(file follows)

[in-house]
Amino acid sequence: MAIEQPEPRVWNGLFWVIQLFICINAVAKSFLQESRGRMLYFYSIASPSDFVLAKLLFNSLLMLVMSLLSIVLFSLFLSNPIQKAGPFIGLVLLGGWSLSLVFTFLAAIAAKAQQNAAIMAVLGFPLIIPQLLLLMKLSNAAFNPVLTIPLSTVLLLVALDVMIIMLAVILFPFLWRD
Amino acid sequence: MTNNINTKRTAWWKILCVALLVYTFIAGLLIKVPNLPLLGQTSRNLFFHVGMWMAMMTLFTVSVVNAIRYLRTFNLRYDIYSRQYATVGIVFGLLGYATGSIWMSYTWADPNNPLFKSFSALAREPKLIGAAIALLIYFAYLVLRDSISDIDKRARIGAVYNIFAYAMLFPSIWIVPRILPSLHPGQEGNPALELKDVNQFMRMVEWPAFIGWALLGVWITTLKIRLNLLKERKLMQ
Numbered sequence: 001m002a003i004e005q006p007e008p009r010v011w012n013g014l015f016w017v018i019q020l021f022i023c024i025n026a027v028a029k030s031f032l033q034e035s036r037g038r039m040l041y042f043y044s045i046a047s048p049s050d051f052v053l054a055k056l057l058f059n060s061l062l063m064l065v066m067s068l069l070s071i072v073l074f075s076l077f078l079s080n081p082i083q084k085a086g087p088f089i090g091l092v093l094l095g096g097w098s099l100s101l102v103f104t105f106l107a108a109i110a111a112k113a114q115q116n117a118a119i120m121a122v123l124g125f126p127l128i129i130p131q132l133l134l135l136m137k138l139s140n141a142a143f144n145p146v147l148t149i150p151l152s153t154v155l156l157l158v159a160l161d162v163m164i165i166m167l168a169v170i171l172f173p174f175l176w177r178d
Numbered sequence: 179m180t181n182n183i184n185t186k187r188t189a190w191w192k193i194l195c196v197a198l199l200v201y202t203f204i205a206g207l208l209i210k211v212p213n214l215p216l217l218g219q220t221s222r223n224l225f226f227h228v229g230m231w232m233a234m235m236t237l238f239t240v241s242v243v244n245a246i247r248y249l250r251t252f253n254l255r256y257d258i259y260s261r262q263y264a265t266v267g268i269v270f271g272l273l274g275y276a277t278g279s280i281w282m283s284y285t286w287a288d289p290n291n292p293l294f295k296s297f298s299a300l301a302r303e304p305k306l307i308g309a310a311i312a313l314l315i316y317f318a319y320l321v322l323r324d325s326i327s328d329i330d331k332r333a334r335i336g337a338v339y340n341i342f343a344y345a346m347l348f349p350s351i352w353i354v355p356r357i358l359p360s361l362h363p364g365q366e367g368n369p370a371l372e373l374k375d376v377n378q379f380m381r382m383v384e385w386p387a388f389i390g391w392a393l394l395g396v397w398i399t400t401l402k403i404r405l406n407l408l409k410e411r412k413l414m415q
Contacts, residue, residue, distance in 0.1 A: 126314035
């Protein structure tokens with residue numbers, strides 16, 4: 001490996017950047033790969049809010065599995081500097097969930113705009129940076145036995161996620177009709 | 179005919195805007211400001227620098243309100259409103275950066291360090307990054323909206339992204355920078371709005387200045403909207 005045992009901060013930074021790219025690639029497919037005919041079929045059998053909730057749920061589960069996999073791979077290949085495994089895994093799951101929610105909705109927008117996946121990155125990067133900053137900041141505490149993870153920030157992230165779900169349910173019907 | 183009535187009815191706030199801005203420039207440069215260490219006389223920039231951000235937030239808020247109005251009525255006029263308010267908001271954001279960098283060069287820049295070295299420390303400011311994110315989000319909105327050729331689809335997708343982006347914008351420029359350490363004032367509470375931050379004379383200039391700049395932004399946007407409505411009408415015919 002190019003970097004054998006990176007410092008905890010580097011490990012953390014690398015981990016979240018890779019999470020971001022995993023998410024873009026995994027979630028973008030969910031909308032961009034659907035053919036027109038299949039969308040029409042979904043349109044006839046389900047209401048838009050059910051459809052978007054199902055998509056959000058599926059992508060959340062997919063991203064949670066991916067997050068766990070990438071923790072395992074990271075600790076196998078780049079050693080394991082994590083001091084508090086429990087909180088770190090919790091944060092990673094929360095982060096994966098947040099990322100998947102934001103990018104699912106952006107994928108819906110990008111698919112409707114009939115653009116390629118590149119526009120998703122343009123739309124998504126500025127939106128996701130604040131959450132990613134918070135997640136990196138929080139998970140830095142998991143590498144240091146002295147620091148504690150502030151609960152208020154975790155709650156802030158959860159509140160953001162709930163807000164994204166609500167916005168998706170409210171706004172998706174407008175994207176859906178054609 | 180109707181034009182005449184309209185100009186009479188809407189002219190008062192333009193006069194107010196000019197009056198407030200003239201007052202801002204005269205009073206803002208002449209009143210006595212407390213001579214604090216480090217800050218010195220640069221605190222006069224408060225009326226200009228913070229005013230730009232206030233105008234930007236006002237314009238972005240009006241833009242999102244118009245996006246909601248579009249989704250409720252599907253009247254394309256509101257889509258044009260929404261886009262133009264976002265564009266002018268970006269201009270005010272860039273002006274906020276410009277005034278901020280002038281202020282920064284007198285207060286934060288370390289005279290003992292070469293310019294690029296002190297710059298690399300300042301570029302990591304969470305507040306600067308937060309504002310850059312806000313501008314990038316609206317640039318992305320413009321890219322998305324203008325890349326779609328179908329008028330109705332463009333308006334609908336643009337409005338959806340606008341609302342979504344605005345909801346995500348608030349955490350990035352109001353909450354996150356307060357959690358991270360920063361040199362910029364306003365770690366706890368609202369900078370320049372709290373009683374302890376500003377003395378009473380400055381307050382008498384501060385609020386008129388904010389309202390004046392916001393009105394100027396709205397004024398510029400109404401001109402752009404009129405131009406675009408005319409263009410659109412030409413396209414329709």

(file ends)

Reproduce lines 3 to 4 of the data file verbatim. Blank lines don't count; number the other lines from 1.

Amino acid sequence: MTNNINTKRTAWWKILCVALLVYTFIAGLLIKVPNLPLLGQTSRNLFFHVGMWMAMMTLFTVSVVNAIRYLRTFNLRYDIYSRQYATVGIVFGLLGYATGSIWMSYTWADPNNPLFKSFSALAREPKLIGAAIALLIYFAYLVLRDSISDIDKRARIGAVYNIFAYAMLFPSIWIVPRILPSLHPGQEGNPALELKDVNQFMRMVEWPAFIGWALLGVWITTLKIRLNLLKERKLMQ
Numbered sequence: 001m002a003i004e005q006p007e008p009r010v011w012n013g014l015f016w017v018i019q020l021f022i023c024i025n026a027v028a029k030s031f032l033q034e035s036r037g038r039m040l041y042f043y044s045i046a047s048p049s050d051f052v053l054a055k056l057l058f059n060s061l062l063m064l065v066m067s068l069l070s071i072v073l074f075s076l077f078l079s080n081p082i083q084k085a086g087p088f089i090g091l092v093l094l095g096g097w098s099l100s101l102v103f104t105f106l107a108a109i110a111a112k113a114q115q116n117a118a119i120m121a122v123l124g125f126p127l128i129i130p131q132l133l134l135l136m137k138l139s140n141a142a143f144n145p146v147l148t149i150p151l152s153t154v155l156l157l158v159a160l161d162v163m164i165i166m167l168a169v170i171l172f173p174f175l176w177r178d